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Kawasaki(käwä`säkē), city (1990 pop. 1,173,603), Kanagawa prefecture, central Honshu, Japan, on Tokyo Bay. Located in the Tokyo-Yokohama industrial area, it has steel mills, shipyards, oil refineries, engineering works, and factories that produce motor vehicles, computer equipment, electrical machinery and parts, petrochemicals, and cement. Heigenji Temple, dedicated to KukaiKukai
, 774–835, Japanese priest, scholar, and artist, founder of the Shingon or "True Word" sect of Buddhism. Of aristocratic birth, he studied the Chinese classics as a young man, but left the university and became a wandering ascetic, eventually
..... Click the link for more information. , is in Kawasaki.
a city on the island of Honshu in Japan, in Kanagawa Prefecture. Population, 973, 500 (1970). Kawasaki is situated on a plain between Tokyo and Yokohama. Together with these cities and other cities on the western shore of Tokyo Bay, it forms the core of the Kwanto industrial region. It is the chief center for the building and repair of ships in Japan. Also important are machine building (electronics, telecommunications equipment, and vacuum instruments) and both ferrous and nonferrous metallurgy. There is a petrochemical combine and two ethylene plants, each producing 300, 000 tons yearly. Other industries include automobile manufacturing (buses and trucks), the construction of heavy power machinery (turbines) and equipment for nuclear power plants, and the production of cement and refractory materials. There are also several food-processing and other light industrial enterprises. A steam power plant with a capacity of 875 megawatts is located there. [l1–314–4]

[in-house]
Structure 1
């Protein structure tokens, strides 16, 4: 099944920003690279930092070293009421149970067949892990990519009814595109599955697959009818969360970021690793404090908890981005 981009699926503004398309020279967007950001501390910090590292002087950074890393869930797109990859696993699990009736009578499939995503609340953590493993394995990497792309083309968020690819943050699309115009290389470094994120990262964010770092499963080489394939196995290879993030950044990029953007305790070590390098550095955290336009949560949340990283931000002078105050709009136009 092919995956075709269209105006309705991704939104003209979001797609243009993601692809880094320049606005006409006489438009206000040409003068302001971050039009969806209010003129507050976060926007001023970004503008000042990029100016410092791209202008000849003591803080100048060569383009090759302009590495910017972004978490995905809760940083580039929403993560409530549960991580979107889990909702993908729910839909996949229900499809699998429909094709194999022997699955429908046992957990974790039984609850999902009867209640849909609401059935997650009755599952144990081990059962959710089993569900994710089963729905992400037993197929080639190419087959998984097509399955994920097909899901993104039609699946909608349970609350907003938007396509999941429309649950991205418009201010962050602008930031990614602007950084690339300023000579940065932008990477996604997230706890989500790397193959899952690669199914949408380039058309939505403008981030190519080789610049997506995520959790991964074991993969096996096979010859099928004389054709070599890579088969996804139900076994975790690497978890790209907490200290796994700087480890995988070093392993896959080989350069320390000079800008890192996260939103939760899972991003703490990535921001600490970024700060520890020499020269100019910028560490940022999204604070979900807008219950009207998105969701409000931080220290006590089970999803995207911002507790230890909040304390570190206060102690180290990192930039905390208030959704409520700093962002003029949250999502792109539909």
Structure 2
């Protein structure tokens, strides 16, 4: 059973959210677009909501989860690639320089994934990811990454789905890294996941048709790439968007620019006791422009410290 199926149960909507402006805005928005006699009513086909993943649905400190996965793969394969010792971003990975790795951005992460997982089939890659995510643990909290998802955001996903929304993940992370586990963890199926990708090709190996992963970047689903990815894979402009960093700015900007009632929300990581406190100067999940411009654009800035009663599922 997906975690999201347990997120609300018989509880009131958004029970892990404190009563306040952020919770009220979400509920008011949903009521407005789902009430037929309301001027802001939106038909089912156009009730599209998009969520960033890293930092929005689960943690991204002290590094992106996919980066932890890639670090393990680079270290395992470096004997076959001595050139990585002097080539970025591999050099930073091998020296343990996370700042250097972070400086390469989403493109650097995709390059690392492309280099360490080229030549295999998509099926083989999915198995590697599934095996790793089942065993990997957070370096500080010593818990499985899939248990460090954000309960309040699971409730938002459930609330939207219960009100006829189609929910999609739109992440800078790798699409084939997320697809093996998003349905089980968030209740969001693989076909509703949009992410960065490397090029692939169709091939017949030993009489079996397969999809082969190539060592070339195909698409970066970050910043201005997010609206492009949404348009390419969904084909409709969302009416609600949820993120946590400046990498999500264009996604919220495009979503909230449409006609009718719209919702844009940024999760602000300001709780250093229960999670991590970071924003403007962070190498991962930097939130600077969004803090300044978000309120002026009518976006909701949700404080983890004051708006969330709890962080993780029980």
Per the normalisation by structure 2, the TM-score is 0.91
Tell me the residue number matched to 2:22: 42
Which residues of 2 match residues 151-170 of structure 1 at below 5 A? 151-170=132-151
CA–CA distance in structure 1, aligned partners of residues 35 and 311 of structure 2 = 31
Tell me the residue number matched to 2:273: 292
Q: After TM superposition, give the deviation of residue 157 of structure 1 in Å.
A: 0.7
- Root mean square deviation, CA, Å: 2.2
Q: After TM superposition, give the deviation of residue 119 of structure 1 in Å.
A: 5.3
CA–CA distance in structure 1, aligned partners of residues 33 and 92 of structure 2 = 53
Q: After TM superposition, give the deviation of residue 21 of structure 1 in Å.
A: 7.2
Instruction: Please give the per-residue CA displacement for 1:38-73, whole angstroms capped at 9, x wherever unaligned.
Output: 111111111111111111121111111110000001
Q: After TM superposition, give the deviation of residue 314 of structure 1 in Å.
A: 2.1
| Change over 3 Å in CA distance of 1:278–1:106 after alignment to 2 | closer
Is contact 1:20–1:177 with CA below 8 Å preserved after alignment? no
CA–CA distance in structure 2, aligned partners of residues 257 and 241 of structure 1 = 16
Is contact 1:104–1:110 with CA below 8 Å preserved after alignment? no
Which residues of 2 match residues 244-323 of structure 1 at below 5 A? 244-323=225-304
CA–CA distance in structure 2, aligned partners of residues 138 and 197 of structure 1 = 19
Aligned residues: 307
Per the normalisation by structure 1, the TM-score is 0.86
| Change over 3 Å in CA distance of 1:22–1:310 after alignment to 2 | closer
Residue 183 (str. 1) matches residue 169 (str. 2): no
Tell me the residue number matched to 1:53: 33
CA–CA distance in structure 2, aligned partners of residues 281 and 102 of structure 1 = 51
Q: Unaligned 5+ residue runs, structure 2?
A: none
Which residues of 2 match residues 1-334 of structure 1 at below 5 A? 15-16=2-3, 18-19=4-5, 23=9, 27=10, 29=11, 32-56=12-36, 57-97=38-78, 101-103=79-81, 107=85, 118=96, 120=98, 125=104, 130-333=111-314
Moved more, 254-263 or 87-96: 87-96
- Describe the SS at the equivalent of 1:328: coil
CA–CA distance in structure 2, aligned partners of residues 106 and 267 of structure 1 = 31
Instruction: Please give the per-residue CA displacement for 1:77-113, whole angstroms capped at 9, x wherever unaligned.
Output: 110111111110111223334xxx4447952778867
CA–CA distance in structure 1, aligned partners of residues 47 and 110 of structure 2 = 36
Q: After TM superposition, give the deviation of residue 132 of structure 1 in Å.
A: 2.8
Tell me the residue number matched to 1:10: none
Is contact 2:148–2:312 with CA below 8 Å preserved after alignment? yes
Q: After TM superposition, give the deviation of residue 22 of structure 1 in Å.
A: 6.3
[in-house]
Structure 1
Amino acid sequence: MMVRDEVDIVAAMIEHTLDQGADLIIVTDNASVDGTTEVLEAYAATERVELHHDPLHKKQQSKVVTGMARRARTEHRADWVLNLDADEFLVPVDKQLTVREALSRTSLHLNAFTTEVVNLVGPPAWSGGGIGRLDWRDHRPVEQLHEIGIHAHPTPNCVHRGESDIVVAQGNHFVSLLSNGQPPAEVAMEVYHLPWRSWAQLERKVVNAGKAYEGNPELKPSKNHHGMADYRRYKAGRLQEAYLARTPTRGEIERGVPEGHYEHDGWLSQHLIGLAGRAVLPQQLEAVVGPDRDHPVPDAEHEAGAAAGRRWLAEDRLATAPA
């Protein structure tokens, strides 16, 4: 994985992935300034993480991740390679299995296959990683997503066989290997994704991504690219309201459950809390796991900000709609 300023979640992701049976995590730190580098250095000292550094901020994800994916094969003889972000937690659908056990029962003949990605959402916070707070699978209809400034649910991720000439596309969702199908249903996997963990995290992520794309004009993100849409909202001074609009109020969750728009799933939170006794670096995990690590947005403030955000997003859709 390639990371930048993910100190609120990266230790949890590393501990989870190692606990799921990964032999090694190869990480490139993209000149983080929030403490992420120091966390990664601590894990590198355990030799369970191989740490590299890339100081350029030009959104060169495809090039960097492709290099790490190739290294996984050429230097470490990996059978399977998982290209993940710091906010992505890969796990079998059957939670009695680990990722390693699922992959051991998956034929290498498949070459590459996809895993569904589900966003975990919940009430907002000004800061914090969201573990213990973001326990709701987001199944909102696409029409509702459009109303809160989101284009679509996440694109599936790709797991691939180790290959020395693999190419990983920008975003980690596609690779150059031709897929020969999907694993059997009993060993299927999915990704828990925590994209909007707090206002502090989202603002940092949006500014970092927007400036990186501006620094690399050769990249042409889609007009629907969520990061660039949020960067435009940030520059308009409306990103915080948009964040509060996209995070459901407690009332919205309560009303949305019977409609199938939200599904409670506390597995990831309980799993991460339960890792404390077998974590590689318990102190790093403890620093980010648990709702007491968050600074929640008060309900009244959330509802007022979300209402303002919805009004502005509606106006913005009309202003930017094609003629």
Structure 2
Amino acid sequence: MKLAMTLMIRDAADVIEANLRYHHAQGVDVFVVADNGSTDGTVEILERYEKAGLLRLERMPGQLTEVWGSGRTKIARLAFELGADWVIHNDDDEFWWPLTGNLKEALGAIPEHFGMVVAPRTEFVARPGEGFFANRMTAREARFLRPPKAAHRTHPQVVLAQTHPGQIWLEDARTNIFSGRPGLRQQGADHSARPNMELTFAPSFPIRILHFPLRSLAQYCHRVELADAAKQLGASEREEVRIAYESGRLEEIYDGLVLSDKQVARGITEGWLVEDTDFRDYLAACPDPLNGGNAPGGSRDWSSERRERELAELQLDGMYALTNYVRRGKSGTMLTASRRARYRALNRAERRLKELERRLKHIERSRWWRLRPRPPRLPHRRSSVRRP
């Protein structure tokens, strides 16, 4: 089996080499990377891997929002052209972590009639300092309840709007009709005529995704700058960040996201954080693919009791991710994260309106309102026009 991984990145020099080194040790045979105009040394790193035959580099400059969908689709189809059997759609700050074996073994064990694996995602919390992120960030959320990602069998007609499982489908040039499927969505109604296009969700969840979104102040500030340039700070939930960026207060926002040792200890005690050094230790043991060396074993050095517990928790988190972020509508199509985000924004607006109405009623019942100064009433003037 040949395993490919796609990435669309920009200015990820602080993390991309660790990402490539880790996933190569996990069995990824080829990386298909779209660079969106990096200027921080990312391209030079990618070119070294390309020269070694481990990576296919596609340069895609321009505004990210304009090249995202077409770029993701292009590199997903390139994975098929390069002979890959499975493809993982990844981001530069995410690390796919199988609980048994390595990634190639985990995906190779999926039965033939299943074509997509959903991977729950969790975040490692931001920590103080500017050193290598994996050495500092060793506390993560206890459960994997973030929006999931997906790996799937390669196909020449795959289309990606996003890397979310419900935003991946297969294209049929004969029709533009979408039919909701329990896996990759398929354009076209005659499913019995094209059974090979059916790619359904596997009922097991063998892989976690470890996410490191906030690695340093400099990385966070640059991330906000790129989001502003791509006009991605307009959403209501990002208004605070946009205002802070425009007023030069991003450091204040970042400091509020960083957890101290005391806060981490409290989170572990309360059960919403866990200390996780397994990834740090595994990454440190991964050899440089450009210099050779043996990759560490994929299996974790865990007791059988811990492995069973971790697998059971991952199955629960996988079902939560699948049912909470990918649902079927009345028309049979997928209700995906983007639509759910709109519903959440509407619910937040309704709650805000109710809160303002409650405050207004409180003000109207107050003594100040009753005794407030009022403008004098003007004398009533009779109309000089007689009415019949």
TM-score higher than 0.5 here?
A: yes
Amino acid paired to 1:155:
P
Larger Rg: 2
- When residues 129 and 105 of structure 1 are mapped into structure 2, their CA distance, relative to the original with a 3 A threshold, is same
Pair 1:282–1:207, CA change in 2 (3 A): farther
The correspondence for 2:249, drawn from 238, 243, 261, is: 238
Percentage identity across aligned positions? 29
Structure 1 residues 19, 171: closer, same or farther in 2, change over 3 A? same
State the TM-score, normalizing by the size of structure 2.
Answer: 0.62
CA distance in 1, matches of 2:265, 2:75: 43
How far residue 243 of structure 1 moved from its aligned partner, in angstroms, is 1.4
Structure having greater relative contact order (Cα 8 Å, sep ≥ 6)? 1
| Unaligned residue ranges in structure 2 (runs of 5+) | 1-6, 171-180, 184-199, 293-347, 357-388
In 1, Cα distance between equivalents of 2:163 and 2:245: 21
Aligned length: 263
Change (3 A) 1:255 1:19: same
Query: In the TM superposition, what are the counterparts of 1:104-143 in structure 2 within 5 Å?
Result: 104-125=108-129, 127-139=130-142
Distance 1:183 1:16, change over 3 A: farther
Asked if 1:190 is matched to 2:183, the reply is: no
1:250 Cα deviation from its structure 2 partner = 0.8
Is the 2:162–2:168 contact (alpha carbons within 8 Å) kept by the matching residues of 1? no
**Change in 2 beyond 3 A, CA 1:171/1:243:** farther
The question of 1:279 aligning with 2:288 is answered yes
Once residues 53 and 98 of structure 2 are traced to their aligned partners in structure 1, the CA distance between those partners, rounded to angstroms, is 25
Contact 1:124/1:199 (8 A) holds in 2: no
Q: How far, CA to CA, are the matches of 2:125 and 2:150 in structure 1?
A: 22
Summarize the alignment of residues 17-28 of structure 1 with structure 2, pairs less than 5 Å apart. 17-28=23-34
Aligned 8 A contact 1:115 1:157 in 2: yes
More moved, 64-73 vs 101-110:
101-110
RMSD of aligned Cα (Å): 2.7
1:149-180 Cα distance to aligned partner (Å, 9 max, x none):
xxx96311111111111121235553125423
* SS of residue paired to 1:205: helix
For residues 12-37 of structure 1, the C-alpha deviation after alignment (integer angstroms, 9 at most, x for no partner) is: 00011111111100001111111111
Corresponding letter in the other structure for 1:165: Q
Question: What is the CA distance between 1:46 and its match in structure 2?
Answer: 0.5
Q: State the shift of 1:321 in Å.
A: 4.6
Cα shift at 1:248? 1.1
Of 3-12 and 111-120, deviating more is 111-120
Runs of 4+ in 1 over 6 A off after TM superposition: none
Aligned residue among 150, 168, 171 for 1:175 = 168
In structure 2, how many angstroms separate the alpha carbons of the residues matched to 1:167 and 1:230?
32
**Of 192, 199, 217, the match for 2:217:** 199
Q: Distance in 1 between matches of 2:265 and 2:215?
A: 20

(Japanese), a wooden motor-and-sail vessel for coastal fishing and sea hunting. Widely used in the Far East, chiefly in Japan and Korea. The kawasaki has a highly raised bow, a broad flat stern, a deck sloping outward, and a shallow draft. Kawasakis may be 10–15 m in length; their freight capacity is approximately 10 tons.